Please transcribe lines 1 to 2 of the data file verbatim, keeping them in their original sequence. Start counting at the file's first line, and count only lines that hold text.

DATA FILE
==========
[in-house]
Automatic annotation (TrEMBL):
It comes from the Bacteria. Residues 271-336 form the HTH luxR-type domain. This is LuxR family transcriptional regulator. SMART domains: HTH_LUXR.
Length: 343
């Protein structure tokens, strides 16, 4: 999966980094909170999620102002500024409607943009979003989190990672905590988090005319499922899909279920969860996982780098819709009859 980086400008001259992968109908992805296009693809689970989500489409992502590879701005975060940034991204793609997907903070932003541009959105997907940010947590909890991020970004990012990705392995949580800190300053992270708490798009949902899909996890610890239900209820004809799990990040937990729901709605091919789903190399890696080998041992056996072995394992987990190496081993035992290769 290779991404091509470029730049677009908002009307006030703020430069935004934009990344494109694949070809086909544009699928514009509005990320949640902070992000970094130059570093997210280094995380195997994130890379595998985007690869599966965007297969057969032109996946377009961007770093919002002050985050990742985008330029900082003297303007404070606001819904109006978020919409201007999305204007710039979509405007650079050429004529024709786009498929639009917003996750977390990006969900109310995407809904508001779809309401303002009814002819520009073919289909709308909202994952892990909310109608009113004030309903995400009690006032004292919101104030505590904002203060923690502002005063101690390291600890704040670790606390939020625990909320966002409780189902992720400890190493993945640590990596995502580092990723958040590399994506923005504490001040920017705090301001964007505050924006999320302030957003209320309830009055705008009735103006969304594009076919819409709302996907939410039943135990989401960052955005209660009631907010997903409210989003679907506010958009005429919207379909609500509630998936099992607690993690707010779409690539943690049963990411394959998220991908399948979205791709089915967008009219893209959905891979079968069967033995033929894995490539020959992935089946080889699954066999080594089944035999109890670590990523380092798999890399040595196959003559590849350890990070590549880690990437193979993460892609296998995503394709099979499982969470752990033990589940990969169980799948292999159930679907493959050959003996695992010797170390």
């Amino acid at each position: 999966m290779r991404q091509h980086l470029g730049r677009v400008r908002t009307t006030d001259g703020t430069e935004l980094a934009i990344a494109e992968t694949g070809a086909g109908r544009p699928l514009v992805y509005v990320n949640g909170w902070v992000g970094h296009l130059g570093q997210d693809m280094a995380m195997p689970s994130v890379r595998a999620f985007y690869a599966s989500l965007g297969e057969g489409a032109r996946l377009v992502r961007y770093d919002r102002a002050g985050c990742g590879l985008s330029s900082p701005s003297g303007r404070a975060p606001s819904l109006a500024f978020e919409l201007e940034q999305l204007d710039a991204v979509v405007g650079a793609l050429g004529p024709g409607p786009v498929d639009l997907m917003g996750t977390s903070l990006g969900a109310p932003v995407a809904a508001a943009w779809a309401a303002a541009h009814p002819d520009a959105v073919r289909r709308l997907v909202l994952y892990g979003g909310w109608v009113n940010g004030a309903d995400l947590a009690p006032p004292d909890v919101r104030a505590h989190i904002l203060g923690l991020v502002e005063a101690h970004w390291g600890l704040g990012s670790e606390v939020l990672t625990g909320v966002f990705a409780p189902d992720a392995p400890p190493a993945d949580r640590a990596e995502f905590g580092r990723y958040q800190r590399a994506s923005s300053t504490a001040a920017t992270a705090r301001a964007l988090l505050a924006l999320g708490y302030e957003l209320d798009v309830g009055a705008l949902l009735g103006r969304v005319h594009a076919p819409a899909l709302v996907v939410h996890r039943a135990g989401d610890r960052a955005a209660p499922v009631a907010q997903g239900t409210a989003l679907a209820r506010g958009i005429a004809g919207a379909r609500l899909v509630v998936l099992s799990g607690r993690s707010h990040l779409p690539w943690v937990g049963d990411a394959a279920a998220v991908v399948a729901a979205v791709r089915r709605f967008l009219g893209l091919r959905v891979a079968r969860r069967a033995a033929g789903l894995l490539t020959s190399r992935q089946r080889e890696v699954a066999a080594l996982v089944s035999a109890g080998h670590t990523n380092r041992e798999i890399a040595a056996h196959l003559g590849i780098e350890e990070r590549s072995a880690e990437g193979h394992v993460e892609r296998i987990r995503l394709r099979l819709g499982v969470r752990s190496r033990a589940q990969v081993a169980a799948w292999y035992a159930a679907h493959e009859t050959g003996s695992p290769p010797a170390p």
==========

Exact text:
[in-house]
Automatic annotation (TrEMBL):